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Northern Great Plains ‘greening’ during recent climate change
MSU professor’s work on plant chemistry published in Global Change Biology
The research of WAFERx co-PI, Jack Brookshire, is featured in this MSU News article. His research on plant chemistry in the Northern Great Plains and Northern Rockies was recentely published in Global Change Biology.
Author Todd Wilkinson grapples with how to reconcile eating fake meat in part of the country that still has a culture built on ranching and cowboy-ing. What are the moral, spiritual, ecological, and nutritious implications of meat vs. fake-meat consumption?
Researchers have known for years that the current and projected impacts of climate change present challenges for agricultural productivity, with potentially serious consequences for farm and ranch livelihoods. But what hasn’t been clear is what this means for farmers’ and ranchers’ mental health. This article focuses on the findings of new study that explores just that.
In an article on Montana Free Press, Selena Ahmed is interviewed about how disruptions in the the food supply are caused by Montanans stocking-up on household essentials in the face of the Covid-19 outbreak and fallout.
Three scientists (including WAFERx PI, Selena Ahmed) discuss the plant science and history of bitters—and share a Thanksgiving cocktail.
In a new article, WAFERx researchers Erin SMith and Selena Ahmed explore the contributions of wild foods to diet, food security, and cultural values among low-income residents of the Flathead Indian Reservation in northwestern Montana.
In this article, the Bismarch Tribune reports on a meeting held in Beulah, ND to discuss the future of coal communities. WAFERx grad student, Kelli Roemer, was one of the speakers at the meeting and talked about how other resource-rich communities have navigated similar transitions.
In this interview, WAFERx PI, Selena Ahmed, talks about the connection between biodiversity and bitters. And about the new book she co-authored with Ashley Duval and Rachel Meyers: Botany at the Bar--The Art and Science of Making Bitters.
Megan Jarchow, a WAFERx co-PI and an Associate Professor at the University of South Dakota, talks about how we use our landscapes and why native ecosystems matter in an economy dedicated to feeding the world.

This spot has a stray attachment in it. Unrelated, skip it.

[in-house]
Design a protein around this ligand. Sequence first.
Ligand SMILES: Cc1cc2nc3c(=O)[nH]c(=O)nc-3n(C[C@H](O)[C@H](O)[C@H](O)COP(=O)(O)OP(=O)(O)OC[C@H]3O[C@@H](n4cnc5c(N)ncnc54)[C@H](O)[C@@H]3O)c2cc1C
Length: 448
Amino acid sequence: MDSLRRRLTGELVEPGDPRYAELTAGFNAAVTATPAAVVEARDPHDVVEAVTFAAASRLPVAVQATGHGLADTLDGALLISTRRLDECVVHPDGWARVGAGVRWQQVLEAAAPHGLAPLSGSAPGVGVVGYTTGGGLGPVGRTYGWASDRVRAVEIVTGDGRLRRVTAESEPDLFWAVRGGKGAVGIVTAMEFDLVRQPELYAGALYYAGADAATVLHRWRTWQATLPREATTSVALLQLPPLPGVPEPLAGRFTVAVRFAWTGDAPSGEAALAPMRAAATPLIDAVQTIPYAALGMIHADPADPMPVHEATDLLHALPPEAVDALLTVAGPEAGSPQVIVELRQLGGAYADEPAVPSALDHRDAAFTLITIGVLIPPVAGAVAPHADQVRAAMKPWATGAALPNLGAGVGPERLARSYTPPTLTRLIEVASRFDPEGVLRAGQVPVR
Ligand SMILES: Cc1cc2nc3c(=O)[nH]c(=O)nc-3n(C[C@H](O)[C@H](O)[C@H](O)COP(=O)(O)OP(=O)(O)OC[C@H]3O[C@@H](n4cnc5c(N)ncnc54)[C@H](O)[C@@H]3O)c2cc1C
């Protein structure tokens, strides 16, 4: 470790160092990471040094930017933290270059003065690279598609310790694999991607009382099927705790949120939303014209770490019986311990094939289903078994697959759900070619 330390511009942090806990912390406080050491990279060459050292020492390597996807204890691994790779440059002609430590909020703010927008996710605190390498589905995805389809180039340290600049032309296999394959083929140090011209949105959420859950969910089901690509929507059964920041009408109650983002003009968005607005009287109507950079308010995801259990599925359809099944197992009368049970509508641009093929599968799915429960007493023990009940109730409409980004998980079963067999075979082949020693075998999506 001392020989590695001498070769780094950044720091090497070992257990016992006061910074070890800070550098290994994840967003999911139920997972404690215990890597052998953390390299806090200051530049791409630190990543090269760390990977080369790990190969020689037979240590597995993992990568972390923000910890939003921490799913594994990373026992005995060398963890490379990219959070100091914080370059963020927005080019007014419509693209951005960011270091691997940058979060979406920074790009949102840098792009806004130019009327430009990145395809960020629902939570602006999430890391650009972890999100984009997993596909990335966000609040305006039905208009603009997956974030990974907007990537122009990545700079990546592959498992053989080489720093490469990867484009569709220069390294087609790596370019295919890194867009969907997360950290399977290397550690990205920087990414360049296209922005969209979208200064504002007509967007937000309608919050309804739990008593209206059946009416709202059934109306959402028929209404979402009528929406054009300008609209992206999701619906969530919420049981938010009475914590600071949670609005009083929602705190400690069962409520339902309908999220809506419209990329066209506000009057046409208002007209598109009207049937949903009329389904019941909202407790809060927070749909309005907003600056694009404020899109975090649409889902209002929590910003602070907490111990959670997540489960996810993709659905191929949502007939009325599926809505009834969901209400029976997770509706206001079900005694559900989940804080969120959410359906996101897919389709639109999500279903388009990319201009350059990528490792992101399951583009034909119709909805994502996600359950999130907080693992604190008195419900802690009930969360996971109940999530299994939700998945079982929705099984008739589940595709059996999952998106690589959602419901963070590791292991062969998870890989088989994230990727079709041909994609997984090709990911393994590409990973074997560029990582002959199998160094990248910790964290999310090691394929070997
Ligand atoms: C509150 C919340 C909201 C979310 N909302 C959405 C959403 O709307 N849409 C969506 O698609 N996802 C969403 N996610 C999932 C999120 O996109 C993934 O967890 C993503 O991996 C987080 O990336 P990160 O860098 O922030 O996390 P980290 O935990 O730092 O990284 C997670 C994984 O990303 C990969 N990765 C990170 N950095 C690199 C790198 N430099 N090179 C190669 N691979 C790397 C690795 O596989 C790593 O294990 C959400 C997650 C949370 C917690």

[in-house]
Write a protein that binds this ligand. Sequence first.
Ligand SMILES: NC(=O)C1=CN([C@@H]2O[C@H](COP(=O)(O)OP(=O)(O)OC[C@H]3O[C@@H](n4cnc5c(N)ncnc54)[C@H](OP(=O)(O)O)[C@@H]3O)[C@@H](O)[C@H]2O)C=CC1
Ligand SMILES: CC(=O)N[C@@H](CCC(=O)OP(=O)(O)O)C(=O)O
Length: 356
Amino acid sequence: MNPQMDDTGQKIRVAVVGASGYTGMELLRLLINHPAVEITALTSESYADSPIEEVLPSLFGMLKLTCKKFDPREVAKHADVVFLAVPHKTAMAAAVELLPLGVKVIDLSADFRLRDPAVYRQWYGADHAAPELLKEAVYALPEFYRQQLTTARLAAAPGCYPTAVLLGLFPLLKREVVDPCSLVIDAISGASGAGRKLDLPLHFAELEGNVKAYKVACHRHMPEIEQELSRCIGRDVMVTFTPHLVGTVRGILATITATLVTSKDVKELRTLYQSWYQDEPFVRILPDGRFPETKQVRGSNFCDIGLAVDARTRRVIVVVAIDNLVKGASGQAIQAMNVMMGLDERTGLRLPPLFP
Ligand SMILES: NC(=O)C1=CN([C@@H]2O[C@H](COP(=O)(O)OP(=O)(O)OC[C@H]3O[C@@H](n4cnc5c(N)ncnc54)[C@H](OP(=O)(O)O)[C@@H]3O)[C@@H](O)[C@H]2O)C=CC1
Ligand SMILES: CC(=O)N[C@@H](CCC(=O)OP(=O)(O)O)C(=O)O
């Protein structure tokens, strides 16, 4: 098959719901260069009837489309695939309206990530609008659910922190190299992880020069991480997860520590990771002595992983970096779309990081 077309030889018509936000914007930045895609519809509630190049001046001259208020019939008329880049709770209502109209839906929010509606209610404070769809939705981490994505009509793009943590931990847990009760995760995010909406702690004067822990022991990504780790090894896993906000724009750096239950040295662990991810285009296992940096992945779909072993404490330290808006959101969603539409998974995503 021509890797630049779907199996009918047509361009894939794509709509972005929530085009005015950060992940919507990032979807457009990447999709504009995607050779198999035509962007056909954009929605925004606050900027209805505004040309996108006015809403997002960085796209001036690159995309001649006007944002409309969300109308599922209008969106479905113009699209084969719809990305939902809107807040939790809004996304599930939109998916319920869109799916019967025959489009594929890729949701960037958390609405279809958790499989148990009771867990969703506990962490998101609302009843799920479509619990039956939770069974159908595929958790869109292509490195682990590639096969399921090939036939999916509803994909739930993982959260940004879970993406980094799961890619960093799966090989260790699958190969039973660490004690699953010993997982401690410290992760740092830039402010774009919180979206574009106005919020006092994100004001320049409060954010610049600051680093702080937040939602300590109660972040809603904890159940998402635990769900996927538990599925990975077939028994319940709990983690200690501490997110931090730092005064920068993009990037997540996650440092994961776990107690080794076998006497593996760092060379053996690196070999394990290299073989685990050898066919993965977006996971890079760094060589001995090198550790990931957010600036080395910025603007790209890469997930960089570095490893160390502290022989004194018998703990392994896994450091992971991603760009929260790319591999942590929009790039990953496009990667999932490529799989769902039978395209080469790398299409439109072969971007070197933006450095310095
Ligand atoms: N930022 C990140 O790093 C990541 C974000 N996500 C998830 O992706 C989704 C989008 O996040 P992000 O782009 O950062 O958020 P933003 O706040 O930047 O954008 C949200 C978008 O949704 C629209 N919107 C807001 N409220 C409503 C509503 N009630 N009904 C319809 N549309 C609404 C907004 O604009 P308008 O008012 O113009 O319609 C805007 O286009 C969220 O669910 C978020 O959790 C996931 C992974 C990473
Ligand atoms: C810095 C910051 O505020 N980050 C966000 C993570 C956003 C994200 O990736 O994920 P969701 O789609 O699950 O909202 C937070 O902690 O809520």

Democtratic candidates advocate for an end to oil and gas drilling on public lands to reduce carbon emissions. WAFERx PI, Paul Stoy, discusses another way to reduce carbon in the atmosphere. He says native perennial grasses have the potential to store a lot of carbon.
Montana has a new program that pays farmers to use practices that store carbon dioxide in the soil. Paul Stoy, WAFERx PI, discusses the challenge and importance of putting carbon back into the ground.
WAFERx grad student, Teresa Warne, talks about her research studying lentil production and consumption. She says, "
Selena Ahmed, Principle Investigator of MSU's Food and Health Lab and WAFERx PI, was interview for this Nature article about how changing climates could effect the quantity and quality of tea.
WAFERx PI, Paul Stoy, was ranked as one of the world's most cited researchers for interdisciplinary research in ecology, agriculture, and earth sciences.
Selena Ahmed, WAFERx PI, on why the U.S. should invest in interdisciplinary food and farm research. And, on how Congress responded to this message.
Dr. Selena Ahmed talks to Char-Koosta News about her project's goal of supporting a healthy and sustainable food system on the Flathead Reservation.
Scientists report that the frequency and intensity of heavy downpours is increasing nationally. Dr. Paul Stoy discusses how land-use changes, including farming practices, are impacting climate.
WAFERx researchers at MSU, Paul Stoy, Tobias Gerken, and Gabriel Bromley, share their recent findings that increases in summer planting are leading to an increase in rainfall in the Great Plains.
Julia Rosen interviews members of the WAFERx team about the climage change mitigation strategy known as BECCS (Bioenergy with Carbon Capture and Storage) and how it could dramatically reduce the carbon dioxide in our atmosphere. However, it would also require a massive shift in our land-use, agriculture, and energy systems.
Selena Ahmed discusses how a warming climate could affect the quality and flavor of food--from maple syrup to tea.
By Evelyn Boswell, October 2016
Montana State University
P.O. Box 1234
Bozeman, MT 59717-1234